“The Palestinians also showed readiness to make certain compromises in Jerusalem, during both the Camp David and the Annapolis talks. The Palestinians were ready to leave under Israeli sovereignty most Jewish neighborhoods founded in East Jerusalem after 1967, with the exception of Har Homa. Also, the Palestinians even expressed agreement to the plan for international administration over holy sites, and offered to leave the Sheikh Jarrah neighborhood under Israeli sovereignty in a territorial swap“. This is published here.

Palestinian negotiators are supposed to have agreed that Sheikh Jarrah will be put under Israeli sovereignty? This is the first report about any such Palestinian agreement.

    Israel extended its law and administration to Jerusalem in June 1967, a few weeks after the Six Day / June war — a move tantamount to [but not quite] annexation. This move was declared null and void, and has not been recognized, by almost all UN Member States. At that time, boundaries of a new “Greater Jerusalem” were drawn up by the Jerusalem Municipality, including Sheikh Jarrah and a larger crescent of land extending in an arc from Ramallah in the north to almost Bethlehem in the South. Since then, Israel considers this as Jerusalem, more or less — although a large area of “Greater Jerusalem” was West Bank land before the June 1967 war and the subsequent Israeli military occupation. In 1980, the Israeli Knesset adopted a Basic Law declaring Jerusalem as its eternal + undivided capital [and annexing the Golan Heights].

There have been previous reports that Palestinian negotiators had indicated that French Hill, Ramot, and Pisgat Zeev to the north of the Old City [as well as Neve Yaakov, which was Jewish property under the Ottoman and British Mandate periods] could be left as is. It was not clear about Gilo to the south, near Bethlehem. But the Palestinian negotiators were adamant about the return of Har Homa [which Palestinians call Jabel Abu Ghneim], and they had also not given in on the very large settlement of Maale Adumim to the east, between Jerusalem and the Dead Sea.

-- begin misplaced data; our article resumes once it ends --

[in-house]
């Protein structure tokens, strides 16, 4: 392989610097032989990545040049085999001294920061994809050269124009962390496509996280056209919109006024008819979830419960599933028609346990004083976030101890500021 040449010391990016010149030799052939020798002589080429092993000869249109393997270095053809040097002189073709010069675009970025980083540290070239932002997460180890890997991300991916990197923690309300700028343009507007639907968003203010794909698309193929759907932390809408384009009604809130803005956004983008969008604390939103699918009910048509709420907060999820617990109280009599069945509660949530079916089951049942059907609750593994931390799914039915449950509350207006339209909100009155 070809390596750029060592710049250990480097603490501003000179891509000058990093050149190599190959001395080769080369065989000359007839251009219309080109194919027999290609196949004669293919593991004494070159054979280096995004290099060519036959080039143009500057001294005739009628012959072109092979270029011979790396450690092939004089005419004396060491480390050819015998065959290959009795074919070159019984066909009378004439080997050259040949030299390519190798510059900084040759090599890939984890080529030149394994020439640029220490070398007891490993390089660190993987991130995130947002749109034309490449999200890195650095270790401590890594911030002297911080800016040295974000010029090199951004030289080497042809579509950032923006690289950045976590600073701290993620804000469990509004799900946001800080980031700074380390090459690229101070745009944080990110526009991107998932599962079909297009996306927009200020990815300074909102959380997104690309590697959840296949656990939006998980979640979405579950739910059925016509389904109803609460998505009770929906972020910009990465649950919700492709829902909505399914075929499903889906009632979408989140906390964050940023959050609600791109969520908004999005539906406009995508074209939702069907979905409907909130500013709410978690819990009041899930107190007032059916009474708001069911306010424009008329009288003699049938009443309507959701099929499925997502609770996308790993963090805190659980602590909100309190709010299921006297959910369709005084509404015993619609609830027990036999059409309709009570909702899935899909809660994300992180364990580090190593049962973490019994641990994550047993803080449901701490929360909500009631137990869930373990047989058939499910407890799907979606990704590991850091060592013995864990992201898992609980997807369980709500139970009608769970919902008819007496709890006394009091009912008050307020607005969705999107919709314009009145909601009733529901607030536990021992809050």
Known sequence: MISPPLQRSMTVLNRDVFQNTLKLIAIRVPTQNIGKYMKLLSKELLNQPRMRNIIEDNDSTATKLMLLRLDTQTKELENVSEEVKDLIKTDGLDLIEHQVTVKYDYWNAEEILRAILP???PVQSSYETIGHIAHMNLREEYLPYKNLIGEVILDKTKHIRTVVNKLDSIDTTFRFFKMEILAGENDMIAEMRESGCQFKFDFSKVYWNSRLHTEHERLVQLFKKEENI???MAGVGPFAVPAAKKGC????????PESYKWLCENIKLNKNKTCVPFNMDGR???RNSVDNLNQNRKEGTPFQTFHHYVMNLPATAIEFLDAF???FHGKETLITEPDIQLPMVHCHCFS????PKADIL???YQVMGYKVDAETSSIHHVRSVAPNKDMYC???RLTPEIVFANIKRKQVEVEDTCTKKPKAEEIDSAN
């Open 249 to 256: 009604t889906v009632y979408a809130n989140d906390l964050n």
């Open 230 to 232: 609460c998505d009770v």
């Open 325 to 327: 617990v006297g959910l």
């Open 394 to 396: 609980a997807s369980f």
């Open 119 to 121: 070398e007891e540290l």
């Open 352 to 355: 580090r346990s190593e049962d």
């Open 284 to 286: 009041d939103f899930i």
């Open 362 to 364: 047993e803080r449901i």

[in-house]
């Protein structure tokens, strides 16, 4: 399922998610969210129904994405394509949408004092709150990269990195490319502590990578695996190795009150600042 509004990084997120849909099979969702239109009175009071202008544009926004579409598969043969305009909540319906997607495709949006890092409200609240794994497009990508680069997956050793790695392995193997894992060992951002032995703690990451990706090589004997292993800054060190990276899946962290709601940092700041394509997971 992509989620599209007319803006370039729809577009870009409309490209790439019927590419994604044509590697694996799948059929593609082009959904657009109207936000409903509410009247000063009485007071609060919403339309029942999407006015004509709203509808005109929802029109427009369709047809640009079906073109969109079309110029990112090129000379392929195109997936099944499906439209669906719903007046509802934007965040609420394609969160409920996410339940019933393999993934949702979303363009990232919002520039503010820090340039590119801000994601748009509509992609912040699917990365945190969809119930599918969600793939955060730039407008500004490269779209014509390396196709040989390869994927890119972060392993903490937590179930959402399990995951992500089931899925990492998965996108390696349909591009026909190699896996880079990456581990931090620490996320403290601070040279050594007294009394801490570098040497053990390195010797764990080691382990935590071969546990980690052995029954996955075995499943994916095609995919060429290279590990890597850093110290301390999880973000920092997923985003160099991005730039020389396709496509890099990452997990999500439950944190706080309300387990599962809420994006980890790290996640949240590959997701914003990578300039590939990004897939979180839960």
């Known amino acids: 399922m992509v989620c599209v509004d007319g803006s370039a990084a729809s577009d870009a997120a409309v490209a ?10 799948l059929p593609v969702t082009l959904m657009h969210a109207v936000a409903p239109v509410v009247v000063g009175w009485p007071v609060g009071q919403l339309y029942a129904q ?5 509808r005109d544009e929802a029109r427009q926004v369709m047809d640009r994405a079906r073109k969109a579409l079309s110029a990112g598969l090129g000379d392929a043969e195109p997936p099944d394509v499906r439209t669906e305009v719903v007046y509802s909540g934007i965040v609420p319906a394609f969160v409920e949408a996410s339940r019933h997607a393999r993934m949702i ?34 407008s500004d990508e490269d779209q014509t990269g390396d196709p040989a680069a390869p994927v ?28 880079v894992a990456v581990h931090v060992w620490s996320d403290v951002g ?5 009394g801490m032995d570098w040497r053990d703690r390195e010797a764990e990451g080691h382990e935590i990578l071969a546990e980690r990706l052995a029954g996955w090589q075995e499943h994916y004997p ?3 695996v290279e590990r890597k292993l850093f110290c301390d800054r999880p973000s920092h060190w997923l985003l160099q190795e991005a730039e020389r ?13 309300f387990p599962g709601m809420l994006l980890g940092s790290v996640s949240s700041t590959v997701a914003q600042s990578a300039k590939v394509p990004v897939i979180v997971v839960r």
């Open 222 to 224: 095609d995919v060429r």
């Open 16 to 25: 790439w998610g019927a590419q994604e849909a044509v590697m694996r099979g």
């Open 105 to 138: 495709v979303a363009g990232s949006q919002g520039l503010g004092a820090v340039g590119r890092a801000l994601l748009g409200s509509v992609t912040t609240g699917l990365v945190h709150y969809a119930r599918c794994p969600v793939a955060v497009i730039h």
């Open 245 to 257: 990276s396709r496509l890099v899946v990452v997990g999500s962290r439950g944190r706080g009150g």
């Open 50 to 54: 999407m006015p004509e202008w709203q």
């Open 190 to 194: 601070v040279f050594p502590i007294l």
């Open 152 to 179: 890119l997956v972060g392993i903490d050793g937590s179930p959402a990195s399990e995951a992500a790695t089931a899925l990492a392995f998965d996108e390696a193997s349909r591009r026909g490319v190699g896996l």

But never Sheikh Jarrah…

Continue reading Israeli paper says Palestinian negotiators agreed to swap Sheikh Jarrah [and put it under Israeli sovereignty]

Olmert asks: What happened?

Speaking at a conference at Tel Aviv University today, Israel’s former prime minister Ehud Olmert said that “during his tenure he offered Palestinian President Mahmoud Abbas an unprecedented peace offer, based on a return to the 1967 borders and a fair demographic land arrangement which would see heavily Jewish areas in the West Bank remain under Israeli control. ‘I offered a land swap, I offered a solution for Jerusalem, where the Jewish part would remain under Israeli authority and the Arab sections would be given to the jurisdiction of a Palestinian state’ … According to Olmert’s plan, the Holy Basin would be demarcated under the rule of five different states with access available to believers of all religions. The offer was based on the agreements reached at a 2007 summit in Annapolis Maryland, Olmert said, and would be carried out in accordance with the Road Map for peace. Olmert said he and Abbas had reached an interim agreement on the Palestinian right of return, but he never received a final response from the Palestinians on the matter. ‘I found Abbas to be a fair partner, opposed to terror’, said Olmert. ‘What happened? That is the question of all questions, which I would answer if I could. I hope that the State of Israel will put at the top of its agenda the fact that there was a peace proposal offered by a legitimate government… It’s time the international community demand an answer from the Palestinians instead of arguing about a building here and a building there’ … Olmert added that he had ‘reached the conclusion that in choosing between the greater Israel and a Jewish, democratic state, I prefer the latter’, saying he knew it would be necessary to withdraw from much of the land the Palestinians want for a state. Olmert also said he had been ‘hours’ from meeting with the Syrian foreign minister during his tenure, but that the talks were canceled after Israel embarked on its offensive in the Gaza Strip”. here.